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FAQ: Neck Stiffness Print E-mail
Written by Jessica Smith   
Thursday, 29 October 2009

A stiff neck refers to a tightness or rigidity in the muscles supporting the neck. Nuchal rigidity refers to a stiffness that prevents bending of the neck and limits movement of the neck. Neck stiffness can be simply a mild discomfort and slight problem in moving the neck. Or it can be severe pain and the inability to move or bend the neck at all.

What is going on in the body?


The muscles and bones of the neck have to support the weight of the head and every turn the head makes. Neck stiffness can occur by itself or with neck pain. Neck pain may come from any structure of the neck. This includes the vertebrae and muscles of the upper back, the blood vessels of the neck, and lymph nodes in the neck.

Any type of injury or illness can result in a stiff neck. A person with a stiff neck may move the neck more slowly and carefully. This can lead to painful muscles spasms. Neck stiffness can also lead to strained ligaments and pain that travels from the neck into the back and arms.

What are the causes and risks of the condition?
The cause of neck stiffness can vary greatly. Some of the causes of neck stiffness include:
- sleeping on a pillow the wrong way
- a sudden turn of the neck
- stress, which can cause the neck muscles to tighten and become stiff
- injury, such as a whiplash as a result of a car accident
- cervical arthritis, an inflammatory condition affecting the upper spine and possibly other parts of the body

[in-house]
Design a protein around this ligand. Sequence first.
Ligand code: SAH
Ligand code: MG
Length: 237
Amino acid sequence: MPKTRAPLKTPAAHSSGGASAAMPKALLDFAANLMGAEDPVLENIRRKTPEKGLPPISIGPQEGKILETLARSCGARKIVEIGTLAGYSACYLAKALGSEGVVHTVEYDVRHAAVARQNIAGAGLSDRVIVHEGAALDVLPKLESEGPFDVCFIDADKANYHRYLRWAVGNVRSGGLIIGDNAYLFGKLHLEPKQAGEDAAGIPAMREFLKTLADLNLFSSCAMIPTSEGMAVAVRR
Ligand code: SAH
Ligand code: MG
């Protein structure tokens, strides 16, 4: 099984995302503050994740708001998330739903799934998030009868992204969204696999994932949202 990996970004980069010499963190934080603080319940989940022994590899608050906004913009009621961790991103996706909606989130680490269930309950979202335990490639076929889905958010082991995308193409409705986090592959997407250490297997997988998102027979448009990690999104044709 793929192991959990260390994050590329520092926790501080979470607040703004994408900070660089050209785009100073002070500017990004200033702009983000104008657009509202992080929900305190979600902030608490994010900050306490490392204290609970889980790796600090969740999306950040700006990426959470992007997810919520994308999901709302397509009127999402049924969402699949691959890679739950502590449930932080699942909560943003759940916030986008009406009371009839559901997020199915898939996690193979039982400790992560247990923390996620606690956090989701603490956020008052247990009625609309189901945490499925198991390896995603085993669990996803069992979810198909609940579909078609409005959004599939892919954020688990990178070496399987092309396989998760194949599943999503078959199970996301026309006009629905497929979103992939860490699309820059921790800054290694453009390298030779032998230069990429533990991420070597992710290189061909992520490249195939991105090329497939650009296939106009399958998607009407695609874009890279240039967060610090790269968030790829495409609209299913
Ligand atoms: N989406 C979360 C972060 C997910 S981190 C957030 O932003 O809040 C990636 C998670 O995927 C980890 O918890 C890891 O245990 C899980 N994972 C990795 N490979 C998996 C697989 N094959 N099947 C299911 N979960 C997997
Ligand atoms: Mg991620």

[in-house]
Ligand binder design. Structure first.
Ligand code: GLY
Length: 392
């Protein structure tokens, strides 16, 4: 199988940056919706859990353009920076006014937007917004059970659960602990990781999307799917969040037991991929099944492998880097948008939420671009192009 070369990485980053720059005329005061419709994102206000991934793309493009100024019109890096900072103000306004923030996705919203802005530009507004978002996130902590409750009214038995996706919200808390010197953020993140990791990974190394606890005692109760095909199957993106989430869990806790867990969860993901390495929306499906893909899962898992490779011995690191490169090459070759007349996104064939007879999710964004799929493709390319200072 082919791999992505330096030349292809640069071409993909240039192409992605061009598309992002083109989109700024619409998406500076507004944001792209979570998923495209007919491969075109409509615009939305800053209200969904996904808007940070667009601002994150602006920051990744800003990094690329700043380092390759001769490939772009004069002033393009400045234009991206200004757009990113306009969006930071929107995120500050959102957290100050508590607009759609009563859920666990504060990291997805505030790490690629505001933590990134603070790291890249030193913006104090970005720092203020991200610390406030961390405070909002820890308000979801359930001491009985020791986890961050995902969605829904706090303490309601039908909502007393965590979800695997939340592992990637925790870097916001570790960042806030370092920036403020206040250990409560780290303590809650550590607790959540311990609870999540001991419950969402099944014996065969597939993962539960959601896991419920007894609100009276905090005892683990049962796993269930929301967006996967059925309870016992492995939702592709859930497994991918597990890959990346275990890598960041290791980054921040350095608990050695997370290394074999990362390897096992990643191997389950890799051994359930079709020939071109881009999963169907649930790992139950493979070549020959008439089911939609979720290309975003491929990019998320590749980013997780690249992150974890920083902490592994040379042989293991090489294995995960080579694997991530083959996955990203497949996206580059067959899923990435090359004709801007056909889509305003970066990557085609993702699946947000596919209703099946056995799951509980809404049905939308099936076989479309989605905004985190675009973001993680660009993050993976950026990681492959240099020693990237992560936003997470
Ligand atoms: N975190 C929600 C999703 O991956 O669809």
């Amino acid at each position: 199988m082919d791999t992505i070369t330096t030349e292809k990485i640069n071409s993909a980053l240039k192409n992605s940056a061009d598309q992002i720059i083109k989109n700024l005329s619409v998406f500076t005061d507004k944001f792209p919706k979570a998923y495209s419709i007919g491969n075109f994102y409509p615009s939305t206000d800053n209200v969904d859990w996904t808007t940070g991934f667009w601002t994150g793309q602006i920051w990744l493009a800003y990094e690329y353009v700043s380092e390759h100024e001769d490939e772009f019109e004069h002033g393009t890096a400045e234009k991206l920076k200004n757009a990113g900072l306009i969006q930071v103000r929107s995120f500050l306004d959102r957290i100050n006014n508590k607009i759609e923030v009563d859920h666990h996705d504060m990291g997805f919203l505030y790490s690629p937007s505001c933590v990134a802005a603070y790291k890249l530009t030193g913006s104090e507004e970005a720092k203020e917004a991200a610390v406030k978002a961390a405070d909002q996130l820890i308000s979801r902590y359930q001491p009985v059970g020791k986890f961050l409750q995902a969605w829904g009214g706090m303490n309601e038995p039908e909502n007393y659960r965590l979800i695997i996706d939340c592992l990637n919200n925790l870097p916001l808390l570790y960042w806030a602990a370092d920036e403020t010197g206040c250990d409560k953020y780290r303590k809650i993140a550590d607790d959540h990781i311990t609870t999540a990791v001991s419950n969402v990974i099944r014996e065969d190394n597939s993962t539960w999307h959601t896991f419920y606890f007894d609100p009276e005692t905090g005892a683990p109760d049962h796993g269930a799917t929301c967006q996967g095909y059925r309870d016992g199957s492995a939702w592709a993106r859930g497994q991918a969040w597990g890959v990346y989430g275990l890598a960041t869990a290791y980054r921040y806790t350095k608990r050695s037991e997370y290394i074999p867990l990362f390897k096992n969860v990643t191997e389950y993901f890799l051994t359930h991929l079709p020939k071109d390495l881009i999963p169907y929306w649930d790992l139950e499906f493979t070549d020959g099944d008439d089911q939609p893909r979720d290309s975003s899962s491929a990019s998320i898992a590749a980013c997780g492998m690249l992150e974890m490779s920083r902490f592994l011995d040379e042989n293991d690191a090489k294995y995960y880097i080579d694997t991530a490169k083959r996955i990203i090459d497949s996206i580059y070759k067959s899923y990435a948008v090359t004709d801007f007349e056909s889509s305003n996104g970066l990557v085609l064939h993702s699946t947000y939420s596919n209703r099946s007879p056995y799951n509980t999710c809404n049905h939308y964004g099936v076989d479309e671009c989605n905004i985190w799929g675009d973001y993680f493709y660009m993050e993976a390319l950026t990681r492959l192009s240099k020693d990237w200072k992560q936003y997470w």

- encephalitis, a serious inflammation affecting the brain.
- meningitis, a viral or bacterial infection affecting the membranes surrounding the spinal cord and brain.
- subarachnoid hemorrhage, or bleeding into the space surrounding the brain
- ankylosing spondylitis, an inflammation and inability to move some of the upper vertebrae, often caused by arthritis
- neck sprain, which may be accompanied by pain, slight swelling, and restricted range of motion
- rheumatoid arthritis
- torticollis, a deformity of the neck caused by a shortening of the neck muscles. This condition causes the head to tilt to the affected side with the chin pointing to the other side.

What are the treatments for the condition?
Treatment for stiff neck depends on the underlying cause.
- A person who has a stiff neck from sleeping wrong may need to use a different pillow at night.
- A person who has a stiff neck from an injury may need physical therapy, pain medication, and hot or cold packs to reduce pain and stiffness.
- A person with a stiff neck caused by stress may need counseling to learn stress management techniques.
- Some neck injuries may be treated with a cervical collar to help support the head.
- Emergency care and hospitalization may be needed for a person with a major injury or a life-threatening infection.
- Oxygen, intravenous fluids, and antibiotics may be given. Close monitoring of vital signs, such as breathing, heart rate, and blood pressure may be necessary.
- Surgery or traction may be necessary to treat injuries or relieve pressure on the neck or brain.

What are the side effects of the treatments?


Side effects to treatment depend on the treatment used. Antibiotics can cause stomach upset, rash, allergic reactions, or other side effects. Surgery poses a risk of bleeding, infection, paralysis, or allergic reaction to the anesthesia.

What happens after treatment for the condition?
A person who feels fine after treatment may not need any further care. A person who underwent surgery may need close monitoring and physical therapy. A person who has meningitis may need intensive care for many weeks.

How is the condition monitored?
A person recovering from a stiff neck may need no further monitoring. A person who received intensive treatment and is recovering from a serious illness, such as meningitis, may need close monitoring. A person recovering from a major trauma or injury may need close monitoring to evaluate treatment and physical therapy to aid recovery. Any new or worsening symptoms should be reported to the healthcare provider.

 

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